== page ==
Meat substitute company Sunfed Meats is being taken to the Commerce Commission, accused of misleading consumers over its chicken-free chicken. Jihee Junn looks at how such stoushes are becoming increasingly common as the meat and dairy industries begin to fight back.
Here’s a puzzle for you: can meat still be meat if it isn’t actually meat? What about milk that’s not milk? Or cheese? Or eggs?
What’s in a name? A lot, apparently. As the primary foods industry undergoes major upheaval, some meat and dairy advocates have been getting into a tizzy over what they perceive to be an infringement on their linguistic domain. Most recently, in the case of Sunfed Meats vs the Poultry Industry Association New Zealand (PIANZ).
Just days after Sunfed Meats announced it was embarking on a coveted series A-capital raise last week, the Auckland-based start-up was hit with the news that PIANZ is taking the brand’s popular chicken-free chicken to the Commerce Commission. PIANZ says it takes issue with the company’s labelling of the product, arguing that Sunfed’s packaging – which features a picture of a chicken and the phrase “wild meaty chunks” – could be in breach of the Fair Trading Act, which aims to ensure consumers have accurate information when making choices.
While describing the plant-based protein as “wild meaty chunks” might be something of a misnomer considering it is neither “wild” nor “meaty” (unless it’s in the context of texture or intensity), a cursory look at Sunfed’s packaging indicates a number of things that would likely nullify any claims of a breach. Namely, the fact that the words “chicken free chicken” are displayed in big bold letters with the label that it is a “clean lean plant protein … made from peas”.
From a marketing and branding perspective, using words and imagery that evoke mainstream food sources seems reasonable enough for a company such as Sunfed. It’s difficult to sell yourself when people lack an existing base of knowledge to work around, and since the aim for Sunfed is to replicate the taste and texture of real chicken as closely as possible, using the term gives it a helpful starting point to market itself to the masses. After all, a name like “protein strips” doesn’t quite seem to have the same rousing effect on the taste buds.
Linguistic stoushes like these seem to be getting increasingly common in today’s world of meat and dairy alternatives. Earlier this year, meat producers throughout the European Union took issue with the fact that vegan bacon was simply being called bacon, eventually lobbying to remove meat-related words like “hamburger” or “chicken nuggets” from meatless foods altogether. Like PIANZ, the lobbyists argued that describing plant-based products with words long-associated with animal-based foods was simply too confusing and harmful to consumers.
The issue isn’t just confined to the meat industry either, with a lobby group for Australian dairy manufacturers claiming that the term milk was confusing when applied to products made from soy or almond. The group argued that such foods relied on the dairy product’s good name and called for a labelling crackdown based on the Australia New Zealand Food Standards’ definition of the word, which describes milk as “the mammary secretion of milking animals”. And while soy milk by any other name seems unimaginable to most, strict enforcement of the M-word already exists throughout Europe where descriptions such as “soy beverage” or “soy drink” are used instead.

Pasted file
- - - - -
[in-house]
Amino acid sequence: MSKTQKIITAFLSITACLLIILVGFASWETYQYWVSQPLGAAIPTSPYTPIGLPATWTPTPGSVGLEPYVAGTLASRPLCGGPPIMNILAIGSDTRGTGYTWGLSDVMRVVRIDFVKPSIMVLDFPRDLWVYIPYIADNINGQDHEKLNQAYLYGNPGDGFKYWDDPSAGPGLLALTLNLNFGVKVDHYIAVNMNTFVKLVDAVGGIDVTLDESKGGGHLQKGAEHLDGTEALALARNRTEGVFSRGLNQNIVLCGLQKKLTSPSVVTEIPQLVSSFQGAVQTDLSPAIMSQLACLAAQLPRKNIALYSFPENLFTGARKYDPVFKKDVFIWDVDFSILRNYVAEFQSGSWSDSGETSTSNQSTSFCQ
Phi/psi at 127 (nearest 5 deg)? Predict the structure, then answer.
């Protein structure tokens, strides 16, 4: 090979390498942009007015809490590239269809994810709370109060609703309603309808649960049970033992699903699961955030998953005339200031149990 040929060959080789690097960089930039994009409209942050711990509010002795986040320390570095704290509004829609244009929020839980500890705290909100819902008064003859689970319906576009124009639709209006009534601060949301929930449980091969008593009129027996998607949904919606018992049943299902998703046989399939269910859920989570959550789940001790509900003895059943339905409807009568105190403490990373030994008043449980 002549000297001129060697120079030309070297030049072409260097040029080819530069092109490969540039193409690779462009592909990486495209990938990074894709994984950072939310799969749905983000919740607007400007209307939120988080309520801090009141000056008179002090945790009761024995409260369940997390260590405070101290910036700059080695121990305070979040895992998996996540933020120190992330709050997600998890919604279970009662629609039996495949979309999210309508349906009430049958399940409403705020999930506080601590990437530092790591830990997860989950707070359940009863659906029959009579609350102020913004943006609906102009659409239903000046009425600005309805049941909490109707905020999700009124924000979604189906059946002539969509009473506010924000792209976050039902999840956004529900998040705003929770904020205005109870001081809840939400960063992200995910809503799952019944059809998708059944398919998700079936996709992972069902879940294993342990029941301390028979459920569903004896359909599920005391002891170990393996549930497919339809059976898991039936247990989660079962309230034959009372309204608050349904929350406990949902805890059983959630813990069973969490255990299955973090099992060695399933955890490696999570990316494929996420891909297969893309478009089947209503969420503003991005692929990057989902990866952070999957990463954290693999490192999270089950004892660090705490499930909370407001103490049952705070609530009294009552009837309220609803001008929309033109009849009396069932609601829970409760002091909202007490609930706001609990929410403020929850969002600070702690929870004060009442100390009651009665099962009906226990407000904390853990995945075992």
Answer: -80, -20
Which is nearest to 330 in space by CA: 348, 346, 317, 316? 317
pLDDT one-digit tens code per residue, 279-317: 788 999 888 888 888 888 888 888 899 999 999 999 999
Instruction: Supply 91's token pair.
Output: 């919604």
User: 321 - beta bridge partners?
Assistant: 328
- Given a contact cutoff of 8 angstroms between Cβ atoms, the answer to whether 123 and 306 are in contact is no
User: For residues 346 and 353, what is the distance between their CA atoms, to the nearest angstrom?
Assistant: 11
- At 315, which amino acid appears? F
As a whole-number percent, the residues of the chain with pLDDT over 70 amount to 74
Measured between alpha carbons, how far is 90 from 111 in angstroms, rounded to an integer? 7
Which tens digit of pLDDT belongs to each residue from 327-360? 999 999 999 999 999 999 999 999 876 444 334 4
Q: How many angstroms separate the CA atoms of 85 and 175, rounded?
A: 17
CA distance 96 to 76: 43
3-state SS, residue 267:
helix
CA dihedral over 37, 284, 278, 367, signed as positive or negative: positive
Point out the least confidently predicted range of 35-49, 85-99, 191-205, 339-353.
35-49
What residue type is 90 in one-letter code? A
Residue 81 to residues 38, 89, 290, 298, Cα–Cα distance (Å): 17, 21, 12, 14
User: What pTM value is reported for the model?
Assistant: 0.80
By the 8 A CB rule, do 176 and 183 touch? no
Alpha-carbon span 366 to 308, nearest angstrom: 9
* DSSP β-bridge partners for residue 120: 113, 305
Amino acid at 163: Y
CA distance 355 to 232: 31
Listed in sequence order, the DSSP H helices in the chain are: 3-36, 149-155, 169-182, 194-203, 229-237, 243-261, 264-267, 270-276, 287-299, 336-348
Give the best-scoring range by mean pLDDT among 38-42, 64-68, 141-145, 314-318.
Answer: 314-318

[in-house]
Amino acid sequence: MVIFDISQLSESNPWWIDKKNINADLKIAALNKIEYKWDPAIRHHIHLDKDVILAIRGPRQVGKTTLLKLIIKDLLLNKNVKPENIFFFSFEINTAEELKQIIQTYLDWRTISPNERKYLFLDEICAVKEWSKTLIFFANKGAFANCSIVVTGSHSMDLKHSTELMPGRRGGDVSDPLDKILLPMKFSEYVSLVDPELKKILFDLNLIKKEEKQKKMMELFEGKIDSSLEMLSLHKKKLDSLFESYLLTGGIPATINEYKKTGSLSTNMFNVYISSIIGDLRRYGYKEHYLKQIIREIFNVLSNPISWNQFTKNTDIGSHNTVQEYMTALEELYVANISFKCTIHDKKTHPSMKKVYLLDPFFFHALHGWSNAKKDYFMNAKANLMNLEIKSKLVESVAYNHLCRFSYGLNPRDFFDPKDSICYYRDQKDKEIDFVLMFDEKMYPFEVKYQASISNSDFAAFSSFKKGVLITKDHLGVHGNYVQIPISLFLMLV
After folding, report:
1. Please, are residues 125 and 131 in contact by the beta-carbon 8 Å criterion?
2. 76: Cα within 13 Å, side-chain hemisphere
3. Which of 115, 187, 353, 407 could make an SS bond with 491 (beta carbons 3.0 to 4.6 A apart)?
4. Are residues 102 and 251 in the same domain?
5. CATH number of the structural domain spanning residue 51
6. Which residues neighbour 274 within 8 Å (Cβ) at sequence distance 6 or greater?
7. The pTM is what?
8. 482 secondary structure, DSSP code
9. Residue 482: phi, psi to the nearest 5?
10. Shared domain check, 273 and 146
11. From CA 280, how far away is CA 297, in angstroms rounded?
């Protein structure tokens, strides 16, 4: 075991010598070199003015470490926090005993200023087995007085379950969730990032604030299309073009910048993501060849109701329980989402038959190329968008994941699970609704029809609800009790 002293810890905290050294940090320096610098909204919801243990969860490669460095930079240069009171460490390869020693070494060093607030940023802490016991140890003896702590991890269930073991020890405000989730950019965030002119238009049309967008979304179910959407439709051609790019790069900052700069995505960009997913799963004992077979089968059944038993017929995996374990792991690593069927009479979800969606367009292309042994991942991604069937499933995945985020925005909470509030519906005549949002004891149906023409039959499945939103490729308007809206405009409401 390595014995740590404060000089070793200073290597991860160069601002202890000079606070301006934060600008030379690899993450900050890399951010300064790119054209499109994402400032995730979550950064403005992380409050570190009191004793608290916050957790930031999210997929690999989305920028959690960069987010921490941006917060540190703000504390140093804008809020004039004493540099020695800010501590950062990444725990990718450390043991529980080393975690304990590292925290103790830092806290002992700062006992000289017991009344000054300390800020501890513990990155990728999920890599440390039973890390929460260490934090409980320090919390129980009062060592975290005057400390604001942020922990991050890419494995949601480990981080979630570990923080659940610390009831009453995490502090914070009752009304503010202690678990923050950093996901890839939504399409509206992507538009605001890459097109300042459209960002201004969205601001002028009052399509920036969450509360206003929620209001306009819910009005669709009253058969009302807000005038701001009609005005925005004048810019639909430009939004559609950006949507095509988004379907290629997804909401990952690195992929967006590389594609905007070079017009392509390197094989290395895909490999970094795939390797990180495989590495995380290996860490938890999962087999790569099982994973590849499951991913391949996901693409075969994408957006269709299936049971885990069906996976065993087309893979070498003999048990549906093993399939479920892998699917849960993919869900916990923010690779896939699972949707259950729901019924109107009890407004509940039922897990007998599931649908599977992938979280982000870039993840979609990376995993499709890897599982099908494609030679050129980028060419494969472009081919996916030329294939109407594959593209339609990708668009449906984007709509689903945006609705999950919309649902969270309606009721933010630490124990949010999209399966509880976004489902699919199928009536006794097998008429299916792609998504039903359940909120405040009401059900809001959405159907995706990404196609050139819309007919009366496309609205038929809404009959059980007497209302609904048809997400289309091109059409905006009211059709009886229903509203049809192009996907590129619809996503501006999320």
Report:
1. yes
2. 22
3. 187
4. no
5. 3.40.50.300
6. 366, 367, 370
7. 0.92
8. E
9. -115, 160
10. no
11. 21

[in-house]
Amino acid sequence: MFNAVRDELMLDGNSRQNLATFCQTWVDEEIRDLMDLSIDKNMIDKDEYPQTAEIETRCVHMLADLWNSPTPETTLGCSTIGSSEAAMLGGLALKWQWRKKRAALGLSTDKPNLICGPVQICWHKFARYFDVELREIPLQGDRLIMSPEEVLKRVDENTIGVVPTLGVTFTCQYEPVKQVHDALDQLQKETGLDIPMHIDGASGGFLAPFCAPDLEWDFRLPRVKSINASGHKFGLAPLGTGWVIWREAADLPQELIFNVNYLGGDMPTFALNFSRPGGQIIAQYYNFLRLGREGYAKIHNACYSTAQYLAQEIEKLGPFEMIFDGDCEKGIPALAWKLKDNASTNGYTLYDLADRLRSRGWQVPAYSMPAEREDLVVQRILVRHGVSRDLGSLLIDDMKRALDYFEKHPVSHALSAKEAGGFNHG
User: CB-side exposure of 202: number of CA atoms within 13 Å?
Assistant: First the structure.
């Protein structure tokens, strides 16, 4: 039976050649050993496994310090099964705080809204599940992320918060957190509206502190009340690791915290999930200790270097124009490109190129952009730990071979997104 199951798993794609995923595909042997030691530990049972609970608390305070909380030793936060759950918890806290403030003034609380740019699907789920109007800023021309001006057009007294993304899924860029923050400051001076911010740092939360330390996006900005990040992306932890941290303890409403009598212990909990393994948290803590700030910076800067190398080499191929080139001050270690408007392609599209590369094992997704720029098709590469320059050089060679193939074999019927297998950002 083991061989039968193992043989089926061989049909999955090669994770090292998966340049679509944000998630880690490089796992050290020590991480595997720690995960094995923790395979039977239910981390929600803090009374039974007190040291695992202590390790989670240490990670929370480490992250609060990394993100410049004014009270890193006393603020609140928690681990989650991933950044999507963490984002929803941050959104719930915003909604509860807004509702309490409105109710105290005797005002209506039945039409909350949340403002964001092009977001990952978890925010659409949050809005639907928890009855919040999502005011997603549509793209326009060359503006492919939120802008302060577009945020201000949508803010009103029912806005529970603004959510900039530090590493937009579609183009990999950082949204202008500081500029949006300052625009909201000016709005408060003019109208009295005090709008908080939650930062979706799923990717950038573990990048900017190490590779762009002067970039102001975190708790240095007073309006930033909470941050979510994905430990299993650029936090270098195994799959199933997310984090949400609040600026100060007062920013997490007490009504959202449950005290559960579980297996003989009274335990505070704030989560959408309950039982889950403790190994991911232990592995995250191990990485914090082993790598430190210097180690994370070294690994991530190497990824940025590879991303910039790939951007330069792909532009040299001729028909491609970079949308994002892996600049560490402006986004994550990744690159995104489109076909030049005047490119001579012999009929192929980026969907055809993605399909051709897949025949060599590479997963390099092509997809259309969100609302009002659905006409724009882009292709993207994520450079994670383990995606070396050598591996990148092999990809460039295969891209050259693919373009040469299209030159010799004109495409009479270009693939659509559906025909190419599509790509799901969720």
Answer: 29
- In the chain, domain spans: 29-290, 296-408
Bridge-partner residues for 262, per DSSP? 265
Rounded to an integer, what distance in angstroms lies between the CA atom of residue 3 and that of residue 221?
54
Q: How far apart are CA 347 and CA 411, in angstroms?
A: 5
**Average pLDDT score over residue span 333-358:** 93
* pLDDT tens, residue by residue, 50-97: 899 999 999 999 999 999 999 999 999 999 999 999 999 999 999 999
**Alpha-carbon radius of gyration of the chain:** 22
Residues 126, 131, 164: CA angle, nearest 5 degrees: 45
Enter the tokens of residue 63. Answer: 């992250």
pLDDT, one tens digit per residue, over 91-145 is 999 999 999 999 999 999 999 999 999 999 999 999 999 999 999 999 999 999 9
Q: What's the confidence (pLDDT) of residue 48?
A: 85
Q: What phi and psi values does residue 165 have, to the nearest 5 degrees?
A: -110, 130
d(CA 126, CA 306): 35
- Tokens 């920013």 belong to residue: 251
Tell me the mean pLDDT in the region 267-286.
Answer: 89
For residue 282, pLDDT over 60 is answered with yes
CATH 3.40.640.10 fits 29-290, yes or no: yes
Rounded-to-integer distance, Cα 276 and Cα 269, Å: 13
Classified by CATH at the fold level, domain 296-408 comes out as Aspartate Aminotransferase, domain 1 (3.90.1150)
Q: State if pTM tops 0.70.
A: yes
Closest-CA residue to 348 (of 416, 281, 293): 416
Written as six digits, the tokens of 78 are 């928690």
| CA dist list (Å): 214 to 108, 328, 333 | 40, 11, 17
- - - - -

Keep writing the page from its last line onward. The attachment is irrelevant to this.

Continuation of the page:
Terminology and language obviously matter, but with meat and dairy substitutes becoming ever more popular, it begs the question: in the face of an evolving food landscape, do the words we use to describe commonly consumed products need to start evolving as well? Milk, for instance, is a term that’s already broadened in scope with newer definitions taking account of “the latex of a plant” or “an unripe kernel of grain”. When it comes to meat, Ethan Brown, founder of one of the biggest plant-based substitutes in the US, sees it not as a byproduct of an animal, but rather a sum of its components. “That’s lipids, amino acids, carbohydrates, minerals and water, none of which have exclusive residence in the animal,” he explains.
Today’s framework of understanding means such complaints by meat and dairy groups certainly aren’t without grounds. But in the course of such scrutiny, it also raises a number of other meat-related questions that groups like PIANZ and Beef + Lamb should be liable to answer. For example: if a mince and cheese pie is made up of just 17% meat, can it still technically use the word “mince” in its name? What about scraps of food cobbled together with glue and sold as “whole, premium quality meat”? Does that constitute as any less misleading? Or how about a sausage that contains three types of meat but only has one listed on its label? Is that not technically misleading as well?
Many of Sunfed’s ardent fans (and boy, are there plenty) have come out to accuse the poultry industry of trying to stamp out the little guy. And while PIANZ insists their complaints are based on the labelling of the product rather than the product itself, the move could easily end up backfiring for an industry already on the verge of major disruption. Still, at least they’ve got Winston on their side.
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